League of Nations: Successes and Failures
The League quickly proved its value by settling the Swedish-Finnish dispute over the Åland Islands (1920–21), guaranteeing the security of Albania (1921), rescuing Austria from economic disaster, settling the division of Upper Silesia (1922), and preventing the outbreak of war in the Balkans between Greece and Bulgaria (1925). In addition, the League extended considerable aid to refugees; it helped to suppress white slave and opium traffic; it did pioneering work in surveys of health; it extended financial aid to needy states; and it furthered international cooperation in labor relations and many other fields.
The problem of bringing its political influence to bear, especially on the great powers, soon made itself felt. Poland refused to abide by the League decision in the Vilnius dispute, and the League was forced to stand by powerlessly in the face of the French occupation of the Ruhr (1923) and Italy's occupation of Kérkira (1923). Failure to take action over the Japanese invasion of Manchuria (1931) was a blow to the League's prestige, especially when followed by Japan's withdrawal from the League (1933). Another serious failure was the inability of the League to stop the Chaco War (1932–35; see under Gran Chaco ) between Bolivia and Paraguay.
In 1935 the League completed its successful 15-year administration of the Saar territory (see Saarland ) by conducting a plebiscite under the supervision of an international military force. But even this success was not sufficient to offset the failure of the Disarmament Conference , Germany's withdrawal from the League (1933), and Italy's successful attack on Ethiopia in defiance of the League's economic sanctions (1935). In 1936, Adolf Hitler remilitarized the Rhineland and denounced the Treaty of Versailles; in 1938 he seized Austria.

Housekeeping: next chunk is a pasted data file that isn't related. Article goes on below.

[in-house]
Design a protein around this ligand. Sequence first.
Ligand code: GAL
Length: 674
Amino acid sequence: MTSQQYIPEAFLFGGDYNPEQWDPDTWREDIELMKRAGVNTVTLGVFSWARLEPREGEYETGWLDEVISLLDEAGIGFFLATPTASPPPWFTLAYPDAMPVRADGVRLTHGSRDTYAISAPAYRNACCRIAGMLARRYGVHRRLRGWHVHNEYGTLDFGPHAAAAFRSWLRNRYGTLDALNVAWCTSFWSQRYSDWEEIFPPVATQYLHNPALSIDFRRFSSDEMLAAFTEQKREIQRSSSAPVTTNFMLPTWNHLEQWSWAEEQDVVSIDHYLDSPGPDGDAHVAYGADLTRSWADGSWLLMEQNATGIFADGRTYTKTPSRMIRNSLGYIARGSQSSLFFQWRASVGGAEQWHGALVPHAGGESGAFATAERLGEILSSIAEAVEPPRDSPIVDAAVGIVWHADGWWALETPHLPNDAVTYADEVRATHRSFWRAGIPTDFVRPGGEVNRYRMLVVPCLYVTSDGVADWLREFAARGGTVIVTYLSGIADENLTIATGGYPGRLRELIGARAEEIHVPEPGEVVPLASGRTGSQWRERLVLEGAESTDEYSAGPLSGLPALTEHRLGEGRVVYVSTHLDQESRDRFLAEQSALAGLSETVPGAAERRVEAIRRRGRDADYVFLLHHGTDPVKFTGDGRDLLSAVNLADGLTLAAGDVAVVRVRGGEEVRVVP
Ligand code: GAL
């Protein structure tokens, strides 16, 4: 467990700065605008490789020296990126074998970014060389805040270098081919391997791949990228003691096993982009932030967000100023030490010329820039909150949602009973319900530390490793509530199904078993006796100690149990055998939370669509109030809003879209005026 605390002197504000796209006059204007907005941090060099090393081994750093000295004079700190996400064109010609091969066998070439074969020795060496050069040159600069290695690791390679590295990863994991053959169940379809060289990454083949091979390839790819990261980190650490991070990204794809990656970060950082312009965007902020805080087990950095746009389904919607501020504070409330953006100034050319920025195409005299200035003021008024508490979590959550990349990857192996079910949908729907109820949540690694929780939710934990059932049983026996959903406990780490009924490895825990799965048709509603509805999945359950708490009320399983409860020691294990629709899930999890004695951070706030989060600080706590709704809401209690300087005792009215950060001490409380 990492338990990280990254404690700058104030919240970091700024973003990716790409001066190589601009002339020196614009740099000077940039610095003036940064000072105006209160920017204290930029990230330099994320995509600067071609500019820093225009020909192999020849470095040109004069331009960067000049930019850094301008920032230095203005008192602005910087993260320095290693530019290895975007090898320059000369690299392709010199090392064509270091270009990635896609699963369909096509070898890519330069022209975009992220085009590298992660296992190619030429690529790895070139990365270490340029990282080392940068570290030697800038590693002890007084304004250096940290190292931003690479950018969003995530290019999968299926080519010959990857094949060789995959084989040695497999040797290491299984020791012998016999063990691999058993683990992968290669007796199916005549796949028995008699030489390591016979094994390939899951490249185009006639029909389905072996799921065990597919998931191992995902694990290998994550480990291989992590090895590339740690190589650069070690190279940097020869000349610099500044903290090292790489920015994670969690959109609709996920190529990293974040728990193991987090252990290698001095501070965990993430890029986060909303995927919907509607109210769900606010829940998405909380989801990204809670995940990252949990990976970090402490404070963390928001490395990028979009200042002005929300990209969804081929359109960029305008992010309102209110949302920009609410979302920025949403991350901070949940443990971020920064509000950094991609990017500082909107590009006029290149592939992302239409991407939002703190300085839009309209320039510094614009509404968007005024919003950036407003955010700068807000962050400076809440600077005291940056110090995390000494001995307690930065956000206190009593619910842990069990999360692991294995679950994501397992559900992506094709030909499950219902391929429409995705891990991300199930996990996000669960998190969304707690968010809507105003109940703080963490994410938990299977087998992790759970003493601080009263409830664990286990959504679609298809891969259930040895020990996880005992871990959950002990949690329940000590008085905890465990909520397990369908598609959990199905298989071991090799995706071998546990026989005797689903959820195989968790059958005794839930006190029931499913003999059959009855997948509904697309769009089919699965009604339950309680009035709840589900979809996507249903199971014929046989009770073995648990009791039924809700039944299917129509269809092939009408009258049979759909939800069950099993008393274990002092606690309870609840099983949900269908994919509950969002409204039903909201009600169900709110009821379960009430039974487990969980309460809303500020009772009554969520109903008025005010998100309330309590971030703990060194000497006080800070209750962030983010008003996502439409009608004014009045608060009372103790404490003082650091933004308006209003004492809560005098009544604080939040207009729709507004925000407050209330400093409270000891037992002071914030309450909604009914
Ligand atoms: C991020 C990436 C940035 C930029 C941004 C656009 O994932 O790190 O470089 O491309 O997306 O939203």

Faced by threats to international peace from all sides—the Spanish civil war, Japan's resumption of war against China (1937), and finally the appeasement of Hitler at Munich (1938)—the League collapsed. German claims on Danzig (see Gdańsk ), where the League commissioner had been reduced to impotence, led to the outbreak of World War II. The last important act of the League came in Dec., 1939, when it expelled the USSR for its attack on Finland.
In 1940 the League secretariat in Geneva was reduced to a skeleton staff; some of the technical services were removed to the United States and Canada. The allied International Labor Organization continued to function and eventually became affiliated with the United Nations. In 1946 the League dissolved itself, and its services and real estate (notably the Palais des Nations in Geneva) were transferred to the United Nations. The League's chief success lay in providing the first pattern of permanent international organization, a pattern on which much of the United Nations was modeled. Its failures were due as much to the indifference of the great powers, which preferred to reserve important matters for their own decisions, as to weaknesses of organization.
The Columbia Electronic Encyclopedia, 6th ed. Copyright © 2012, Columbia University Press. All rights reserved.
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